This is from the excellent book, Founders At Work, that I’m reading right now.
I find new reasons every day why I’m thankful that we never took any kind of outside investment. Let me give you a small example… Jared had a friend that had an idea of some way that we could modify FogBugz to be really useful to the investment community as something - I don’t remember what, but something that the investment community could really use that’s 5 percent different than FogBugz. And I kept thinking, “This is a huge distraction, and there’s not a big enough market. I just want to stick to our core competency, and I’m not interested in doing software for the financial markets.” He kept saying, “No, no. You’ve got to talk to this guy. You could make a lot of money off this. It would be great.”
I kept thinking, “You know what, if it was a real board of directors and the VC’s were bringing you these great ideas, you wouldn’t really have any choice but to say yes. And you’d keep getting distracted to do their pet projects that they dreamed up in the shower one night and they think might be a good idea, and you just don’t think it’s a good idea.” You really don’t have the ability to say no when you take those outside investments. It’s hard to tell your investors, “Let me just go in my own direction.”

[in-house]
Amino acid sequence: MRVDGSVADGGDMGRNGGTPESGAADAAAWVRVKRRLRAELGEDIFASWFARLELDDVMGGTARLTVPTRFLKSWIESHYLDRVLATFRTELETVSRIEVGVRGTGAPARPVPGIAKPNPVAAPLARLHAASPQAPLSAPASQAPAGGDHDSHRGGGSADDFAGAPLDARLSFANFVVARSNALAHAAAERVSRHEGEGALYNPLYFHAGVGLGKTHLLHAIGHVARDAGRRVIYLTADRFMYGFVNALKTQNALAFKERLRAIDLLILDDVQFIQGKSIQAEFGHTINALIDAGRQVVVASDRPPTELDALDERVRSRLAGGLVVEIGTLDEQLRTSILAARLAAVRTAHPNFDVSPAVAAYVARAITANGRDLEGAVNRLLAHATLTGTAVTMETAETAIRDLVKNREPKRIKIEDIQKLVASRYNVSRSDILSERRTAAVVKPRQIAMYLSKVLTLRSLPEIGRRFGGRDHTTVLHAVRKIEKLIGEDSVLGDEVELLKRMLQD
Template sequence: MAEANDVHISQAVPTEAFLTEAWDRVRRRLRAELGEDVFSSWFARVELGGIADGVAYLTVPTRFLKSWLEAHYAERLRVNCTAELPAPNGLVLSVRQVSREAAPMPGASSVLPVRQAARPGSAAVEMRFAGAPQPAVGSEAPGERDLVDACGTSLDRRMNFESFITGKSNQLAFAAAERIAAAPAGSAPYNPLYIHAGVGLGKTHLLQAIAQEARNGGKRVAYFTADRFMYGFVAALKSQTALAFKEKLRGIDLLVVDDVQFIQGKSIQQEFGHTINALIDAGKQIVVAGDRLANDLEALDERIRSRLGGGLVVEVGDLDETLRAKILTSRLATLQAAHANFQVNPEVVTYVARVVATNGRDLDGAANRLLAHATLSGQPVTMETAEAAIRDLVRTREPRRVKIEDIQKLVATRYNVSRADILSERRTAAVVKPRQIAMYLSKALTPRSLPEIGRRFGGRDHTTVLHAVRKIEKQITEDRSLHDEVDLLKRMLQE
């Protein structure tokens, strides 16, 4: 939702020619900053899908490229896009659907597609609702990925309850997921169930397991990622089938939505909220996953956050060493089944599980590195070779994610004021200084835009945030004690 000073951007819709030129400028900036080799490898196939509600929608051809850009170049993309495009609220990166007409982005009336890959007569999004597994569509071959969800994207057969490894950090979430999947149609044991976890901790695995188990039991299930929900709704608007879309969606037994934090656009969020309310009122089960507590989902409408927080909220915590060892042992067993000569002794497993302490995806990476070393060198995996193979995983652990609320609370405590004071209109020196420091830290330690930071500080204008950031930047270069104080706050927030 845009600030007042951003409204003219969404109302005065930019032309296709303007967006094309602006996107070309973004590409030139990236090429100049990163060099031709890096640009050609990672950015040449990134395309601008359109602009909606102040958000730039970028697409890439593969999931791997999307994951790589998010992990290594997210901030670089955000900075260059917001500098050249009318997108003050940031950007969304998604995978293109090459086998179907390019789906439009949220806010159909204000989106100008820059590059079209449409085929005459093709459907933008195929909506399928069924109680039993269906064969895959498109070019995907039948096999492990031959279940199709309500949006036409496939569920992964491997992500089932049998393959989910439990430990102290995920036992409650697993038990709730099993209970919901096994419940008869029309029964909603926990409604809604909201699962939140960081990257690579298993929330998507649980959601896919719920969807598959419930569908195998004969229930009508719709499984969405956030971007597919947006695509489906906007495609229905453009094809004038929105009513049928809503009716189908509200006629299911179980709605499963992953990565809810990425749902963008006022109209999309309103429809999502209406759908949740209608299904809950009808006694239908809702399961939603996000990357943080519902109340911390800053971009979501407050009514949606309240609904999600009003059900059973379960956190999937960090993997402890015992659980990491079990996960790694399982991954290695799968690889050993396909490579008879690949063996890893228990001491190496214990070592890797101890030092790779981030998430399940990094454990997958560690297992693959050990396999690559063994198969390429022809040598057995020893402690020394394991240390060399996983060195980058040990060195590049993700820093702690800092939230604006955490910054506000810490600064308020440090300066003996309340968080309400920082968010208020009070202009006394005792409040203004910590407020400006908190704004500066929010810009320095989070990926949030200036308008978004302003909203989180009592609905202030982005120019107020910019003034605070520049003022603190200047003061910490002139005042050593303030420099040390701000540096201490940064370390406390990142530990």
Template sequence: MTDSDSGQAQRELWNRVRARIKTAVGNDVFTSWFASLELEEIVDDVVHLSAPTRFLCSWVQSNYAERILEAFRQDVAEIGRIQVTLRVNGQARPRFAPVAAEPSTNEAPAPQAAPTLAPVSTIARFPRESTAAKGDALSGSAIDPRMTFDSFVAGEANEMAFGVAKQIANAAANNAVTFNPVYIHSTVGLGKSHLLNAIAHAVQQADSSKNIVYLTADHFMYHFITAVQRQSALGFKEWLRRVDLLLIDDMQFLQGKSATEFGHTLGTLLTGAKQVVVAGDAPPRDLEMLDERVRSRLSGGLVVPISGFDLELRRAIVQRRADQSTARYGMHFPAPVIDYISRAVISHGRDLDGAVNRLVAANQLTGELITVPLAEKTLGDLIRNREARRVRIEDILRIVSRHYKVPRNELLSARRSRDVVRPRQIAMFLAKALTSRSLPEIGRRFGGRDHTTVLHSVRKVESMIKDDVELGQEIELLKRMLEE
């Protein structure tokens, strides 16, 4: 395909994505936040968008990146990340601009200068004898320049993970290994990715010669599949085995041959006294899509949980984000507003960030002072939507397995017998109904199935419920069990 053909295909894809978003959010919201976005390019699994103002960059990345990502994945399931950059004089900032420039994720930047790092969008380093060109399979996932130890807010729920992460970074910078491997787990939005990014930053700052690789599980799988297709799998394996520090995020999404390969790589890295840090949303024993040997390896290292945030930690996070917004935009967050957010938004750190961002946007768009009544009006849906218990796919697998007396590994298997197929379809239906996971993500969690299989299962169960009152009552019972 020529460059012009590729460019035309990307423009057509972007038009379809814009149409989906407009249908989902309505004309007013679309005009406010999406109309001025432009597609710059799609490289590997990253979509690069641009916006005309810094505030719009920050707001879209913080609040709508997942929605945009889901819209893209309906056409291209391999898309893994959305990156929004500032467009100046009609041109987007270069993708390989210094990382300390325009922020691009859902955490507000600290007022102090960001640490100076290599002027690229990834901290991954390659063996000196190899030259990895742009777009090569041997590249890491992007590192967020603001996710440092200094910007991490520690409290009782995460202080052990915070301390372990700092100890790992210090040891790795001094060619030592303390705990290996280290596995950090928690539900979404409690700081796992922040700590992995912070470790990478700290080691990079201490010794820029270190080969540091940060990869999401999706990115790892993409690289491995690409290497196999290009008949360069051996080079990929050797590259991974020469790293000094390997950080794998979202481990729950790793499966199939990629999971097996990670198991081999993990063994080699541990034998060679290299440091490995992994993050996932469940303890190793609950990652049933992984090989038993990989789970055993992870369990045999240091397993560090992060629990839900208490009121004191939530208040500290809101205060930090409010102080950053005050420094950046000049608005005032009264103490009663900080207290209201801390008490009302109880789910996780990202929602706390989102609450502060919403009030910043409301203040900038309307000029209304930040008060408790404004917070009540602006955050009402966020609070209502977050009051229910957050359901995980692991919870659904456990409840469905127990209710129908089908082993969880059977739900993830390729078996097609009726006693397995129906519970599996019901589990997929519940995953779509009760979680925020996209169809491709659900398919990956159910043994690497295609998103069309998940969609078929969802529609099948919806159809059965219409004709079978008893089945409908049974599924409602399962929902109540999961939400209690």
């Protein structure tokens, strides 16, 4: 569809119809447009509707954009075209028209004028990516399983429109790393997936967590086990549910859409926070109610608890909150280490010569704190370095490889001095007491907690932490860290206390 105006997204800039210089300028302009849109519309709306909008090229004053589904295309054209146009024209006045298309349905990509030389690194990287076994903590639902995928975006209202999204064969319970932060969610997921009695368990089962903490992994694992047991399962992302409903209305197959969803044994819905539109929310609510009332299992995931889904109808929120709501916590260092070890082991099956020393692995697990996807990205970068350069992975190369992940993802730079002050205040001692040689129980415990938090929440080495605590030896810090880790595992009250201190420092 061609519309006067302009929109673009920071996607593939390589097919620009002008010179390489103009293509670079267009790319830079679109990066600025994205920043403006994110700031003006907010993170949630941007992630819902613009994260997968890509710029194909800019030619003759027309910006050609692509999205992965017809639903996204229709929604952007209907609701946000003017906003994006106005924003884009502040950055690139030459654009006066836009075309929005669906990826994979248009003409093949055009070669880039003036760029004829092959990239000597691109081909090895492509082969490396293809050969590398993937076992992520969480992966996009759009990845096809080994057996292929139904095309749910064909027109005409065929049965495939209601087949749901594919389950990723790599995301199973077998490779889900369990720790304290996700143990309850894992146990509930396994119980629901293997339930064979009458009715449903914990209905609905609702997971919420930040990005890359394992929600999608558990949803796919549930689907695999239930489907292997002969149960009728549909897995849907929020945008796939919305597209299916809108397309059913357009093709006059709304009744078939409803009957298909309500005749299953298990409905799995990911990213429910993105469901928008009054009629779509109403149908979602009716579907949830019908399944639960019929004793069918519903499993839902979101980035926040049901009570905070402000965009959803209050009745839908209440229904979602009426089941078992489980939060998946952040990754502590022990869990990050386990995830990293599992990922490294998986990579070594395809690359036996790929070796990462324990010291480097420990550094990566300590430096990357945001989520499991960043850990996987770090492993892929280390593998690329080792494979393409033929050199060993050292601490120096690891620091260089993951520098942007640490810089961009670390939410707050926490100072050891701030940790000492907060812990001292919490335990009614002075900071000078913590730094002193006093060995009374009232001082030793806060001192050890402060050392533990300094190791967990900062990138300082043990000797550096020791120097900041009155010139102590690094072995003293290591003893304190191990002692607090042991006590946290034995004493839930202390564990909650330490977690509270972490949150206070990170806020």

I can identify with this thought process. There is a big difference between thinking up a cool idea, and actually having to go implement it. But I found it interesting because he may have changed his mind (at least in part) since he wrote this a few years back. He went on to take VC money for his new project, StackOverflow.com.